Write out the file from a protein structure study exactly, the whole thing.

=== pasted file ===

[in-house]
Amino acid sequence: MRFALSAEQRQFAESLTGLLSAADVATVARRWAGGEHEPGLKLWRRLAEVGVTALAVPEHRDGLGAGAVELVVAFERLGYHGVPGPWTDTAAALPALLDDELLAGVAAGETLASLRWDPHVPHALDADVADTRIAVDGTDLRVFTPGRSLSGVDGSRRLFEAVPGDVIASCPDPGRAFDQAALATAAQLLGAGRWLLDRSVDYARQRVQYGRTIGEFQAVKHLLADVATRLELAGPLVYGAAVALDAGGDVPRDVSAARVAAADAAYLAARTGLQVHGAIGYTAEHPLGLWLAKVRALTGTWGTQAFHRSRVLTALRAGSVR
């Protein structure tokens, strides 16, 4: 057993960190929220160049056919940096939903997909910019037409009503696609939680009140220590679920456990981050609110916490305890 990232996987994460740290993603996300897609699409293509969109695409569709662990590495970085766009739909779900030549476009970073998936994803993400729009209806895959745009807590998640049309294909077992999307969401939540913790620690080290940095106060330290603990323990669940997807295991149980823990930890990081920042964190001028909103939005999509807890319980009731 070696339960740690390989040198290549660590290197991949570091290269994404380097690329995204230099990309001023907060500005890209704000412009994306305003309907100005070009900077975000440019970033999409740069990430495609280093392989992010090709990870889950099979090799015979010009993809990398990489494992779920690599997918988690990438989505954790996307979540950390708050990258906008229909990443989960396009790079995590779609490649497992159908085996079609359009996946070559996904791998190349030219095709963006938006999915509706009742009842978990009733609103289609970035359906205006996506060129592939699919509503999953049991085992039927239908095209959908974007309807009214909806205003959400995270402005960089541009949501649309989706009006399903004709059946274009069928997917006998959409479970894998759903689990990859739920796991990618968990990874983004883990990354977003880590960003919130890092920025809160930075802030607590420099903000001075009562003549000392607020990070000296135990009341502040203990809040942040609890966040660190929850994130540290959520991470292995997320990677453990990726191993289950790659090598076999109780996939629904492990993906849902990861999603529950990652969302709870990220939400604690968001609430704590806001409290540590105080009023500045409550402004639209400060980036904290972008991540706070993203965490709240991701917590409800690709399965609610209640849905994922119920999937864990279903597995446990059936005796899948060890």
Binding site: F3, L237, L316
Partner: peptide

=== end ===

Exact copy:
[in-house]
Amino acid sequence: MRFALSAEQRQFAESLTGLLSAADVATVARRWAGGEHEPGLKLWRRLAEVGVTALAVPEHRDGLGAGAVELVVAFERLGYHGVPGPWTDTAAALPALLDDELLAGVAAGETLASLRWDPHVPHALDADVADTRIAVDGTDLRVFTPGRSLSGVDGSRRLFEAVPGDVIASCPDPGRAFDQAALATAAQLLGAGRWLLDRSVDYARQRVQYGRTIGEFQAVKHLLADVATRLELAGPLVYGAAVALDAGGDVPRDVSAARVAAADAAYLAARTGLQVHGAIGYTAEHPLGLWLAKVRALTGTWGTQAFHRSRVLTALRAGSVR
């Protein structure tokens, strides 16, 4: 057993960190929220160049056919940096939903997909910019037409009503696609939680009140220590679920456990981050609110916490305890 990232996987994460740290993603996300897609699409293509969109695409569709662990590495970085766009739909779900030549476009970073998936994803993400729009209806895959745009807590998640049309294909077992999307969401939540913790620690080290940095106060330290603990323990669940997807295991149980823990930890990081920042964190001028909103939005999509807890319980009731 070696339960740690390989040198290549660590290197991949570091290269994404380097690329995204230099990309001023907060500005890209704000412009994306305003309907100005070009900077975000440019970033999409740069990430495609280093392989992010090709990870889950099979090799015979010009993809990398990489494992779920690599997918988690990438989505954790996307979540950390708050990258906008229909990443989960396009790079995590779609490649497992159908085996079609359009996946070559996904791998190349030219095709963006938006999915509706009742009842978990009733609103289609970035359906205006996506060129592939699919509503999953049991085992039927239908095209959908974007309807009214909806205003959400995270402005960089541009949501649309989706009006399903004709059946274009069928997917006998959409479970894998759903689990990859739920796991990618968990990874983004883990990354977003880590960003919130890092920025809160930075802030607590420099903000001075009562003549000392607020990070000296135990009341502040203990809040942040609890966040660190929850994130540290959520991470292995997320990677453990990726191993289950790659090598076999109780996939629904492990993906849902990861999603529950990652969302709870990220939400604690968001609430704590806001409290540590105080009023500045409550402004639209400060980036904290972008991540706070993203965490709240991701917590409800690709399965609610209640849905994922119920999937864990279903597995446990059936005796899948060890």
Binding site: F3, L237, L316
Partner: peptide